December 19, 2013

Teen Reviewers Break Bread With OEBS

By Students From the Oakland School for the Arts

OEBS Michael MorganStudents in Omid Zoufonoun’s class at the Oakland School for the Arts found themselves busy as Santa’s elves, in a WriteOn! Workshop last week with veteran SFCV contributor Jeff Kaliss. After learning about the process of active observation and the form and function of music reviewing, the kids joined Jeff and their teacher at Sunday’s performance of the Oakland East Bay Symphony’s annual “Let Us Break Bread Together” concert, at the Paramount Theatre. With their reviews in progress, the kids checked in with Jeff again on Tuesday, and then enjoyed an informative give-and-take with the OEBS’s Maestro Michael Morgan. What you’ll read here is fresh evidence of the expression of our next generation of trained musicians. Do feel free to comment on their efforts.

Jeff Kaliss, SFCV Write On! Workshop Leader


 

STUDENT REVIEWS

Oliver Palmer

 Central to our image of the holidays is the idea of “breaking bread” — people setting differences aside in order to partake in celebrations of the holidays. Oakland East Bay Symphony’s Let Us Break Bread Together concert wonderfully embraces and expands this idea, incorporating an expansive range of musical styles into a public setting to create a celebration of diverse, tradition-rich cultures, and also that which unites us as humans.

SFCV's Jeff Kaliss leads the WriteOn! workshop at the Oakland School for the Arts, while Maestro Michael Morgan, whose concert was reviewed by the kids, looks onThe concert is an annual tradition of the OEBS, providing a more unorthodox experience for the average concert-goer. It involves a multitude of choirs, bands, and orchestral arrangements. Featured in this 2013 concert were the Oakland Symphony Chorus, the Oakland Interfaith Gospel Choir, the Mt. Eden High School Concert Choir, the Crystal Children’s Choir, Linda Tillery’s Cultural Heritage Choir, klezmer band Kugelplex, and soloists Terrance Kelly, Rhonda Benin, Faisal Zedan, and Tamala Brown. The diversity was clear and welcome, as twenty songs with styles from klezmer to Chinese folk to gospel were performed side by side, and in some cases, together.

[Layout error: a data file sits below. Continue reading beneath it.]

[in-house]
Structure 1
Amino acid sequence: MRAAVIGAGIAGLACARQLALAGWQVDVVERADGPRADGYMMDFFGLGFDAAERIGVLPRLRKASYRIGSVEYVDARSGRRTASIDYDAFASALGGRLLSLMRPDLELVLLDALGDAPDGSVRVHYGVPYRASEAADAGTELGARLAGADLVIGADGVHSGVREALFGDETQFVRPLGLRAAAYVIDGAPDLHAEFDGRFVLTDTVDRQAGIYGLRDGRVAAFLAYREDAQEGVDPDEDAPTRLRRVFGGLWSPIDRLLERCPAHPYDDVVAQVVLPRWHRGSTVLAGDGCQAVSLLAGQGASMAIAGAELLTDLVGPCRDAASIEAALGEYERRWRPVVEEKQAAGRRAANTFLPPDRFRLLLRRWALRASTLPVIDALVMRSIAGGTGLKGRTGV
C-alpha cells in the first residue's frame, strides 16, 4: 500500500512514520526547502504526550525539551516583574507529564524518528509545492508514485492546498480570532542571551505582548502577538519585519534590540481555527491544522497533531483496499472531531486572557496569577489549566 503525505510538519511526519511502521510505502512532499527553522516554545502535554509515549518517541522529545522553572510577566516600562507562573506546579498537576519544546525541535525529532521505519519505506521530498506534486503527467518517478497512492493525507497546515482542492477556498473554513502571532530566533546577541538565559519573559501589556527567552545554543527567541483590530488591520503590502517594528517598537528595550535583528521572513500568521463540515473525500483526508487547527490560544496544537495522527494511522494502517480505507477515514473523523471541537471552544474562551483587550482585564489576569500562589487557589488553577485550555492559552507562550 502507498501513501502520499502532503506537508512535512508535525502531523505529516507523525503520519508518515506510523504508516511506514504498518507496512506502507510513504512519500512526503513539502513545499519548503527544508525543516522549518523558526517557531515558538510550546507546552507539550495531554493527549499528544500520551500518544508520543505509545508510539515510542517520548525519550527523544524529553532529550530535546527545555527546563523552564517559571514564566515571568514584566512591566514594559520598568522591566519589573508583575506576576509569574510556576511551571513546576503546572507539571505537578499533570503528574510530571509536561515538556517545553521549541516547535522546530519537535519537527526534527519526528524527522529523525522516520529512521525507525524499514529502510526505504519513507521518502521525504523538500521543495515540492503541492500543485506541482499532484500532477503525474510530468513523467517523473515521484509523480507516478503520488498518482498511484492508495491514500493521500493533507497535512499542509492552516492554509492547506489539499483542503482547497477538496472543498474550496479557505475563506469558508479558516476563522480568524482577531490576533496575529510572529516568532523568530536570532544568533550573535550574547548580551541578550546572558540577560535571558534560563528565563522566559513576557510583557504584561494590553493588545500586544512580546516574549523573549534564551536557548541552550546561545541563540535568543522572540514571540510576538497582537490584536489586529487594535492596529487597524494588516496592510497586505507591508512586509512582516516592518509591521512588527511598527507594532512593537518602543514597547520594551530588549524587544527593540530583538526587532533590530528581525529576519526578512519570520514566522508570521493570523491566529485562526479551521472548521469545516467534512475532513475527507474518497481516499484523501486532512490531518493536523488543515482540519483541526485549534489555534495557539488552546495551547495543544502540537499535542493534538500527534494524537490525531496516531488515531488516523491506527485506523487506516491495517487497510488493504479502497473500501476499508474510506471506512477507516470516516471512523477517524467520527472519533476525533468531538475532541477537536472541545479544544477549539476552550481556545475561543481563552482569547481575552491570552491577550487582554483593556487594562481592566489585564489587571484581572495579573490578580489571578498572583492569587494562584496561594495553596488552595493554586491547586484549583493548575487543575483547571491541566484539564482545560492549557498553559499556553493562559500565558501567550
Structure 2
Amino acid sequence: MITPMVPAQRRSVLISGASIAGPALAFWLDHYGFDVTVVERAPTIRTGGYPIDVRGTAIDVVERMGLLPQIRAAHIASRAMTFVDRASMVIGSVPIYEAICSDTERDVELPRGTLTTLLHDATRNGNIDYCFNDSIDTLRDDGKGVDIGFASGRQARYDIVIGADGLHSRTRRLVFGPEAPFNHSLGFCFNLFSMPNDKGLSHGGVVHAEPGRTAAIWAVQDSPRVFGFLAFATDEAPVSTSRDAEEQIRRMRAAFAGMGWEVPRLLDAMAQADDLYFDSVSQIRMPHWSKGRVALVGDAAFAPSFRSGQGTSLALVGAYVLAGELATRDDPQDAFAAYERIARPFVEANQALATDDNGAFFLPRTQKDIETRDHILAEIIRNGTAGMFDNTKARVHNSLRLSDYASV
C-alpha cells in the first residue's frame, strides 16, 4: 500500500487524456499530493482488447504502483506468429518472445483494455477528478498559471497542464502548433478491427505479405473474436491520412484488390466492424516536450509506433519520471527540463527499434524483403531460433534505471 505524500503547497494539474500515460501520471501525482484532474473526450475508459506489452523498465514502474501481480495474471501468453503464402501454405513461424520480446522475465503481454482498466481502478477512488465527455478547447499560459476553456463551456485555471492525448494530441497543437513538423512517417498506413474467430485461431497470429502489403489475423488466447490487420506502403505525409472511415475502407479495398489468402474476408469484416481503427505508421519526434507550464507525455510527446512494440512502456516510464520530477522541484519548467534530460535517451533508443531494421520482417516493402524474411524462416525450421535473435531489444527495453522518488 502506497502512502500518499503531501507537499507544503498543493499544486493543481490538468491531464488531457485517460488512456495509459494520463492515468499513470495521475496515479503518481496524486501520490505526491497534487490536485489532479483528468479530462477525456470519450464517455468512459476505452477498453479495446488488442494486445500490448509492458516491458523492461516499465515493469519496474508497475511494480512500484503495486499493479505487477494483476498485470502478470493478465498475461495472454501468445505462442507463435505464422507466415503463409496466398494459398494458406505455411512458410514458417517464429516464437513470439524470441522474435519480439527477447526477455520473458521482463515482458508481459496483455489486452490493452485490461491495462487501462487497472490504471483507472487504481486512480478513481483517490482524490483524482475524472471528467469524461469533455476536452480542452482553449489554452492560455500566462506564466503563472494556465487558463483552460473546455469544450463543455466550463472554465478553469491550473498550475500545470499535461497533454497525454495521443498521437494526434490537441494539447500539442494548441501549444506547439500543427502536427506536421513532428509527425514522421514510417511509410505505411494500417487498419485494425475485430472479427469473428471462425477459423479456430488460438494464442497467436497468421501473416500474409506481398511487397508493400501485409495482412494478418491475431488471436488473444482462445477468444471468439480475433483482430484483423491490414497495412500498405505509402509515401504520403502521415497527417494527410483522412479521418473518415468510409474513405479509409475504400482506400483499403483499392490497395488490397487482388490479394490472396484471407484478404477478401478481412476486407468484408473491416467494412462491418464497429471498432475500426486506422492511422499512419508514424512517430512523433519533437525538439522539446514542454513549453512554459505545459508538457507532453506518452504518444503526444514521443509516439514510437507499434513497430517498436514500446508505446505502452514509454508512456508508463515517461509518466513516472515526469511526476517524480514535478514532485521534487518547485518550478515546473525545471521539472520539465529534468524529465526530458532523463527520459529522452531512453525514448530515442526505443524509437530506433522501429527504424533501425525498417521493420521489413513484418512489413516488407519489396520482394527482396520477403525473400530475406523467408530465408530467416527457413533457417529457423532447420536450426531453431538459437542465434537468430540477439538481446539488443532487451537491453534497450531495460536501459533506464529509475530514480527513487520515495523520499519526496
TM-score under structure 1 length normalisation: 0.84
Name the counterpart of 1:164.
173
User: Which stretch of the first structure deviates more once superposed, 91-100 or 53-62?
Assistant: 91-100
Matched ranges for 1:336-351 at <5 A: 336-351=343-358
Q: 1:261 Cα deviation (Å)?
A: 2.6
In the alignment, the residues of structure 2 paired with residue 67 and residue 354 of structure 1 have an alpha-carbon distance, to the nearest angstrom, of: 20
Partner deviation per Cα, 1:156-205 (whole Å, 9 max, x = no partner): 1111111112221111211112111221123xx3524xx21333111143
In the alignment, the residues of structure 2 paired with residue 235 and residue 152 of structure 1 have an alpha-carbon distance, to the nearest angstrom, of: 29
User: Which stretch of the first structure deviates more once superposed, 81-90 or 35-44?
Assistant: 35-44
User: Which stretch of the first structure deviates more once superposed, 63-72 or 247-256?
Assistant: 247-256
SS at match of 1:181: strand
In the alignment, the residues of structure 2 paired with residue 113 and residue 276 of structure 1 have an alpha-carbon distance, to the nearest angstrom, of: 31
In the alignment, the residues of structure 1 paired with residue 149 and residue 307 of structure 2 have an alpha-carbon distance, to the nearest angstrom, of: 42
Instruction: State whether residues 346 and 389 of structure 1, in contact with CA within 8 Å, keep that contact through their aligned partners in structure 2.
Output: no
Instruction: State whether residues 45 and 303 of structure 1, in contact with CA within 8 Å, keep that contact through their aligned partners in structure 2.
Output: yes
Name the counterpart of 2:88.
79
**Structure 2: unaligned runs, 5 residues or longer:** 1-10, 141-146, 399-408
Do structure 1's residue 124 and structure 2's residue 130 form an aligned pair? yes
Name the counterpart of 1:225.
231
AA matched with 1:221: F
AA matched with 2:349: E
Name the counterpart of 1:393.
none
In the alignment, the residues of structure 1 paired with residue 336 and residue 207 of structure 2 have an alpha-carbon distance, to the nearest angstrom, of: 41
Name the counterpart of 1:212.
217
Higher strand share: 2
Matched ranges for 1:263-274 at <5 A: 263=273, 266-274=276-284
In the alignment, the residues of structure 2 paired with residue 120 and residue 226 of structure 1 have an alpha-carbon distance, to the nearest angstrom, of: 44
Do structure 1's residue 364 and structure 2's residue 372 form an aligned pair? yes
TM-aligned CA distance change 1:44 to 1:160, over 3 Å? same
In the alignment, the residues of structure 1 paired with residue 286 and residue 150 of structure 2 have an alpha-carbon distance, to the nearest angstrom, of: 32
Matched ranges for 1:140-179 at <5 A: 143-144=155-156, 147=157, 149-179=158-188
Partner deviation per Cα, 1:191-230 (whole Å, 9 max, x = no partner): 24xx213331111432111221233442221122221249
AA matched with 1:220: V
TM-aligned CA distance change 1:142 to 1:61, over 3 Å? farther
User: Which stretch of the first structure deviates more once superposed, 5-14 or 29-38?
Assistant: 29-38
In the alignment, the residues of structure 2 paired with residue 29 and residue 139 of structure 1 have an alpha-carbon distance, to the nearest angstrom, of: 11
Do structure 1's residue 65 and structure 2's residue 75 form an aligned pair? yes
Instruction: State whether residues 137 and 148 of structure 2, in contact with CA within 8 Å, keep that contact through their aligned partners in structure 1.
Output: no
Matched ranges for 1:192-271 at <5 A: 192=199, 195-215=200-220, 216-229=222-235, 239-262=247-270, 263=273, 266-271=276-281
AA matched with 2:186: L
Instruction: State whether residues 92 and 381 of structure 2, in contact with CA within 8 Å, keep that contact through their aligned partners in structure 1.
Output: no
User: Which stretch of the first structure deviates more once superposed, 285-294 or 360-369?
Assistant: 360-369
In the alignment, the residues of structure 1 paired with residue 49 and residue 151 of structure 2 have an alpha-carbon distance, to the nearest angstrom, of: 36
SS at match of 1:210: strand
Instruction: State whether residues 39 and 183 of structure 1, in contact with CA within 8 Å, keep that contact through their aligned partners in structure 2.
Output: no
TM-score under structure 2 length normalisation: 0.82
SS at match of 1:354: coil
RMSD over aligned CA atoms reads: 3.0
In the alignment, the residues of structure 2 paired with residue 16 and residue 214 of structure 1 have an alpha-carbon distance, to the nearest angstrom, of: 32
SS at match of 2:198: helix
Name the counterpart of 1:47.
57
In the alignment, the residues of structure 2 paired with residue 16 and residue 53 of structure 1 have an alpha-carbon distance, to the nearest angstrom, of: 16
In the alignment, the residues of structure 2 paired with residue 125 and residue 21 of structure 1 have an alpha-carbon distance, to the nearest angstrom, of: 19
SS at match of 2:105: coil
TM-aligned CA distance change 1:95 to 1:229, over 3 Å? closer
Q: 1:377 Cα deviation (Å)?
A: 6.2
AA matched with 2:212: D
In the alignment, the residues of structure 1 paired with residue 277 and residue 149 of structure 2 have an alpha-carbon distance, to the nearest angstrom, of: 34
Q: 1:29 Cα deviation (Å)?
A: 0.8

The gospel/spiritual pieces were plentiful throughout the concert, evoking enthusiasm no other music could match. Most notable were Rhonda Benin and the Cultural Heritage Choir’s performance of “Tree of Life” by Linda Tillery, and the Oakland Interfaith Gospel Choir’s performance of Kurt Carr’s setting of Psalm 150. “Tree of Life” is a traditional spiritual, with a call-and-response feel to it. The passion conveyed in their singing was just as powerful as the full orchestra. Psalm 150 took me by surprise. It wasn’t a simple hymn, as its non-imposing name might suggest, but instead a captivating, powerful gospel song, full of passion and feeling. All of the gospel/spirituals were performed with a genuineness and power that usurped the others.

The gospel/spiritual pieces were plentiful throughout the concert, evoking enthusiasm no other music could match — Oliver Palmer

The second style, of eastern contemporary music, was divided between the Chinese Crystal Children’s Choir and the klezmer Kugelplex group. In Ko Matsushita’s Tosaka Mimasaka (The Fox on the Hill), the Crystal Children’s Choir performed unaccompanied by the orchestra, and belted out a choreographed and contrapuntal song, in which groups singing a melody would turn about independently of each other. It intertwined simple music and dance to achieve a strange, modern result.

Dan Cantrell and Aaron Davidman’s “Sophie’s Dream” mixed narrative and musical styles, like Prokofiev’s Peter and the Wolf. It told the story of Sophie, a young girl who was moving to Poland with her family. Argumentative at first, Sophie objects. But when she falls asleep, she goes on a journey, experiencing the cultures of Eastern Europe through music, as she is an avid violinist. She finds herself captivated by the music of Poland, and wakes up content with the move. The music, performed by klezmer group Kugelplex, played as if it were a film score for an animated film. It conveyed exaggerated feelings ranging from awe and wonder, to silliness and absurdity, and everything in between.

The final style was the classical and traditional one. It had the advantage of being familiar and well-liked. F. Pablo Tosti’s “Sogno” presented soft and beautiful melodies; the audience lulled by its sweetness. Handel’s iconic Hallelujah Chorus warranted quite a bit of audience. It had a rich and jubilant power, as the combined orchestra, choirs, and audience filled the concert hall with song.

All in all, this was an incredible experience. The departure from the norm allowed for a shared cultural interaction that was amazing to be a part of. The only issue was with the venue. The setup of audience facing the stage inhibited a sense of intimacy. However, the sheer number of those “breaking the bread” together made it an absolutely wonderful concert, unlike any other. This annual holiday celebration of diversity and unity through music is not to be missed!